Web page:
Letter to the School - Mask Exemption
My student, _______________________, cannot participant or comply with the ___________________ School District’s requirements to wear a face covering or take a COVID vaccine as it goes against our family’s deeply held religious beliefs.
You are required, as a public school, to provide all students a Free and Appropriate Education per the 1st and 14th Amendments.
All kids living in the United States have the right to a free public education. And the Constitution requires that all kids be given equal educational opportunity no matter what their race, ethnic background, religion, or sex, or whether they are rich or poor, citizen or non-citizen.
The First Amendment guarantees of religious liberty include the freedom to believe or not to believe, and to observe one’s faith openly without government interference. The schools cannot make any effort to promote or inhibit any religious belief.
The Equal Protection Clause of the 14th Amendment provides that a state may not “deny to any person within its jurisdiction the equal protection of the laws.” It applies to public elementary and secondary schools, as they are considered to be state actors.
In 1954, the Supreme Court interpreted the Equal Protection Clause’s requirements in Brown v. Board of Education stating, “We conclude that in the field of public education the doctrine of "separate but equal" has no place. Separate educational facilities are inherently unequal. Therefore, we hold that the plaintiffs…are, by reason of the segregation complained of, deprived of the equal protection of the laws guaranteed by the 14th Amendment.”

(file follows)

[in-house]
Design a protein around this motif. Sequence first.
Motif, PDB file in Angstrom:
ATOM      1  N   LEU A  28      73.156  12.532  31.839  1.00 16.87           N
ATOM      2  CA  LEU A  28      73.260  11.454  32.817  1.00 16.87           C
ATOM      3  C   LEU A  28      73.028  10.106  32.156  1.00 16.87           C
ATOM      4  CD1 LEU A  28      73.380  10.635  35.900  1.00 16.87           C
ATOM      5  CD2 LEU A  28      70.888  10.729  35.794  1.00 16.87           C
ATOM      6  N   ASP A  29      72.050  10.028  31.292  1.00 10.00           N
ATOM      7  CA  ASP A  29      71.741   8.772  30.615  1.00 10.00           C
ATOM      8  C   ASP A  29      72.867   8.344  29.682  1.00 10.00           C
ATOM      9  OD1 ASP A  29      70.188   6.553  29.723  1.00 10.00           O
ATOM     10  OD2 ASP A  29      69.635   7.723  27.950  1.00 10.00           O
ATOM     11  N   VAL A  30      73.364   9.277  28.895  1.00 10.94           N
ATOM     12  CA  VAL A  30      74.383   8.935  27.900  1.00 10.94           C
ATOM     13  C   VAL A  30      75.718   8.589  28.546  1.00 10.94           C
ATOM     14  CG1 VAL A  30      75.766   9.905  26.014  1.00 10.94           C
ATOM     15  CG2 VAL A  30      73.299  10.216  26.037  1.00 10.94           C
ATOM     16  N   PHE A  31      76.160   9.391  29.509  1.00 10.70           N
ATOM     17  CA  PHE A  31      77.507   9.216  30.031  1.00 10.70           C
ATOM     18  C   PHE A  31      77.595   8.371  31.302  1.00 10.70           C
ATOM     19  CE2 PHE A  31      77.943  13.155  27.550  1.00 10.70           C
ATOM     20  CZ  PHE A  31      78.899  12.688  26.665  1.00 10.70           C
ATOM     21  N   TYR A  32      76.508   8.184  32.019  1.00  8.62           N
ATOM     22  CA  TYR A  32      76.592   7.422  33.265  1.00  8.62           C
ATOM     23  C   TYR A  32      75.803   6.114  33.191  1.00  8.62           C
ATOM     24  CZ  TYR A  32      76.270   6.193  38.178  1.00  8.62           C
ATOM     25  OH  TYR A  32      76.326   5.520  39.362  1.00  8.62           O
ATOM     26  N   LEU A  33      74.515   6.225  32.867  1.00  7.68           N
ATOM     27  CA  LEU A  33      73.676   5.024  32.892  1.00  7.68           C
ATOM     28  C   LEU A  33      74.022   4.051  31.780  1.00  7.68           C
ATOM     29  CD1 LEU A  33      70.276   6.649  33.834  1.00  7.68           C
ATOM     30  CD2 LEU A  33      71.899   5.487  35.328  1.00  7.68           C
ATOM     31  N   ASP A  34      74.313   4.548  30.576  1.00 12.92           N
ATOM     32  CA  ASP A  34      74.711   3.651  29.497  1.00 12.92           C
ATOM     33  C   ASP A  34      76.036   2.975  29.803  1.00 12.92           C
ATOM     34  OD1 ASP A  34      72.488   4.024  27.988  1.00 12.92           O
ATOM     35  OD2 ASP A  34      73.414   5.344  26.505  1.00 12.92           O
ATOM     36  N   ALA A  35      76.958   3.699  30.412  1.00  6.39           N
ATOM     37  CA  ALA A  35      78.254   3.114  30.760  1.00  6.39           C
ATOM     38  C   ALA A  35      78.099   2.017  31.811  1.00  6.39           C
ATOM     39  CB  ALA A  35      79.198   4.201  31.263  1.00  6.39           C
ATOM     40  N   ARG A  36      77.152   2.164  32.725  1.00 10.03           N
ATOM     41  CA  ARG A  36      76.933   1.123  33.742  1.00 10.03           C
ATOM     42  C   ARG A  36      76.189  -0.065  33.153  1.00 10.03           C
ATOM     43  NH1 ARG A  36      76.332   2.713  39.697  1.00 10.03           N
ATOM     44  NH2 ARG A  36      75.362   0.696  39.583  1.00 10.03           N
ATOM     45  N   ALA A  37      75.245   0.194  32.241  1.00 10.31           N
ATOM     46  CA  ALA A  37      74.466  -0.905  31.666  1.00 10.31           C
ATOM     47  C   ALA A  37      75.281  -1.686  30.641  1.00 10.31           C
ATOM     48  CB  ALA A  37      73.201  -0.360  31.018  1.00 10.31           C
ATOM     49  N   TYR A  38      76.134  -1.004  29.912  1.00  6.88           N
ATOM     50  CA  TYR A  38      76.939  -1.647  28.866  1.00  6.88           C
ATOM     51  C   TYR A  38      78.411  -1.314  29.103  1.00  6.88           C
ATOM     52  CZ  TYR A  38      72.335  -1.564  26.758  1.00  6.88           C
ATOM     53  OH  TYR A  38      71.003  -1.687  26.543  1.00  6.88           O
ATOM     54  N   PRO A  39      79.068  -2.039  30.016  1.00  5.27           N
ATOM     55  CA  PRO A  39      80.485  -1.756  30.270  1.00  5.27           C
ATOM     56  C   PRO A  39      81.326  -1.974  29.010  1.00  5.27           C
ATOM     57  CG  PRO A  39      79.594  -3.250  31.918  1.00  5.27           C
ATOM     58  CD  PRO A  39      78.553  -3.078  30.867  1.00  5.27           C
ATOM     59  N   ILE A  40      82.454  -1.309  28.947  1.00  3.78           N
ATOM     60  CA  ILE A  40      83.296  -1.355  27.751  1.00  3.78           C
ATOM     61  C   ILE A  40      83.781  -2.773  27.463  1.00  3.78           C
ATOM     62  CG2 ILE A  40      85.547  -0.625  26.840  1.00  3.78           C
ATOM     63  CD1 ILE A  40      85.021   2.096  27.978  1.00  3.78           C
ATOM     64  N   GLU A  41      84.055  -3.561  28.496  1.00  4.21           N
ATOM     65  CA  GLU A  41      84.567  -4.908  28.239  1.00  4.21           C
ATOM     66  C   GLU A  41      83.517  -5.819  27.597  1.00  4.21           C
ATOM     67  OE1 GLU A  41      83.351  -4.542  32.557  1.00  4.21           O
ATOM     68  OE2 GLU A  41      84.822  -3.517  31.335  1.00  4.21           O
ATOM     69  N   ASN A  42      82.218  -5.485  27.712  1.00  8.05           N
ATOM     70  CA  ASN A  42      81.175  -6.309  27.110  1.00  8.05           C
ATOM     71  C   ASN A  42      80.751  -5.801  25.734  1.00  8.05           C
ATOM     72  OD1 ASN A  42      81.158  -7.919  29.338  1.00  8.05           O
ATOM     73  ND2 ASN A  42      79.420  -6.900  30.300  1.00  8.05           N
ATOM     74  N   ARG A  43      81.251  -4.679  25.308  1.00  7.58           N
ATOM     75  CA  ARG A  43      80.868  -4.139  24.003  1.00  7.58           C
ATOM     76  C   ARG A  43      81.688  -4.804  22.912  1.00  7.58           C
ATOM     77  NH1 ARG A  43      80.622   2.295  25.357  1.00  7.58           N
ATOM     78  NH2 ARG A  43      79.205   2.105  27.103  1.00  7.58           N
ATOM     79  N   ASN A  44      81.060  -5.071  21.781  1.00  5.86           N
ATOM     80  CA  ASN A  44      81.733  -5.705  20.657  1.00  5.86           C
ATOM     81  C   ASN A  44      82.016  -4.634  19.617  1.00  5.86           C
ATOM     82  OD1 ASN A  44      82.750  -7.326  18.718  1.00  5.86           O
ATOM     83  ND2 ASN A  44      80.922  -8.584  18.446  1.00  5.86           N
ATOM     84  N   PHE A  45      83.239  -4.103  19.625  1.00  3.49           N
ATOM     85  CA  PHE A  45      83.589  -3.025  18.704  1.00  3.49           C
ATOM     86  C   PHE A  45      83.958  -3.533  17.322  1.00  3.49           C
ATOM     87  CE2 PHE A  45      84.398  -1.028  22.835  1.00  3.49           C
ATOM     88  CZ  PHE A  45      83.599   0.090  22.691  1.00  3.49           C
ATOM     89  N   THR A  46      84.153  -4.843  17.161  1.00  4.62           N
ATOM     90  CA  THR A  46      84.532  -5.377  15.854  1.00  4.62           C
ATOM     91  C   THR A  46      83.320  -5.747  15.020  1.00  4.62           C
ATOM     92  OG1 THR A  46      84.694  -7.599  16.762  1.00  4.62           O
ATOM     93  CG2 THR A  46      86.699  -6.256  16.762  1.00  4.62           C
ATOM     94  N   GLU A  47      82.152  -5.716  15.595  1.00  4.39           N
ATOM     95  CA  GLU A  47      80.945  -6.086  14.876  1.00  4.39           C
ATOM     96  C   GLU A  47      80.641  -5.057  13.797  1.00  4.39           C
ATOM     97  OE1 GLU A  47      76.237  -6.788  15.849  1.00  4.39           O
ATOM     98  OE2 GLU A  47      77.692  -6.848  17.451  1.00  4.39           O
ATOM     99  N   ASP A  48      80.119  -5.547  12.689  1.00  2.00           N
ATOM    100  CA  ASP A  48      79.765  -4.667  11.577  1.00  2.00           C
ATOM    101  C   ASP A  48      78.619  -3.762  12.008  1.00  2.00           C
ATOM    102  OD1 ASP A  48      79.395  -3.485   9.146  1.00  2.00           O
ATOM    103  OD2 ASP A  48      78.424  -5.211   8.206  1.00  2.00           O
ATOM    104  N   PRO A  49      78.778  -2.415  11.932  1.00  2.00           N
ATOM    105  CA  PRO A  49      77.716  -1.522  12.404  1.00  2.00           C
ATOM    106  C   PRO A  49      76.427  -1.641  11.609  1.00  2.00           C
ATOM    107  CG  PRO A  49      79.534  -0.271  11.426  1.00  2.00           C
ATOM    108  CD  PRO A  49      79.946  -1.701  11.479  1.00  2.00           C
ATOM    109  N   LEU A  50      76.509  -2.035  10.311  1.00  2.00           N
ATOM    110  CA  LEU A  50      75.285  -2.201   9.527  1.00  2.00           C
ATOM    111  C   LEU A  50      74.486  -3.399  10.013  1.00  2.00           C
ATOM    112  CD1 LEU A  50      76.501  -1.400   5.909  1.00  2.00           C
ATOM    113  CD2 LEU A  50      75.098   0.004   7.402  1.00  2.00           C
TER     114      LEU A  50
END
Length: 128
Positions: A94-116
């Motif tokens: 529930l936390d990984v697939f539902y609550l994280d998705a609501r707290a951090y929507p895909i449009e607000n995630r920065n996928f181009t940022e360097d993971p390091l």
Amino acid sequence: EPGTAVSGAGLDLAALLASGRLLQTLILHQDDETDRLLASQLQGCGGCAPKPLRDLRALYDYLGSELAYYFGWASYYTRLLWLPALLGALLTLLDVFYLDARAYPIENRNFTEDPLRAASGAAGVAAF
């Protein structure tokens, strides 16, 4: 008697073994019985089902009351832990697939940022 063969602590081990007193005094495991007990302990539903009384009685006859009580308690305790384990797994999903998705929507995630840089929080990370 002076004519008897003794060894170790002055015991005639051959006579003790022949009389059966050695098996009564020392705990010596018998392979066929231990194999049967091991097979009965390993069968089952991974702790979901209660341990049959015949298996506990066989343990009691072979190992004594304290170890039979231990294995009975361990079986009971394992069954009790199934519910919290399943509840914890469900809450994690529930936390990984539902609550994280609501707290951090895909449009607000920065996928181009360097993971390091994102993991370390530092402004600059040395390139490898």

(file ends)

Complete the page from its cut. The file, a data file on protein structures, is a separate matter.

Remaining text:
This means the school does not have a right to require COVID testing or be schooled on-line unless it’s required by everyone.
While not specified in the Constitution, the courts have historically recognized the rights of parents in the raising of their children. Meyer v. Nebraska, 262 U.S. 390 (1923). Court decisions have bolstered parental rights, in the interests of protecting children: “The law’s concept of the family rests on a presumption that parents possess what a child lacks in maturity, experience, and capacity for judgment required for making life’s difficult decisions. It is also assumed that natural bonds of affection ordinarily lead parents to act in the best interests of their children. Parham v. J.R., 442 U.S. 584, 602 (1979).
Students with disabilities:
The right to a Free Appropriate Public Education (FAPE) is an educational entitlement of all students, (INCLUDING THOSE WITH DISABILITIES), in the United States, guaranteed by the Rehabilitation Act of 1973 and the Individuals with Disabilities Education Act (IDEA).
Bullying by school personnel:
Civil rights laws are in place to protect students from bullying at all federally funded schools. https://www.stopbullying.gov/resources/laws/federal Teachers and fellow students cannot harass our child about their race, national origin, color, sex, disability, ethnicity, or religion.
The School District does not have the right to share any of my child’s religious or health information with any other entity, including the IDOH, without written consent.
We hereby certify that I am the legal parent or guardian of ______________________, and we are requiring the school to respect our family’s religious beliefs and to not discriminate against our child for our religious beliefs.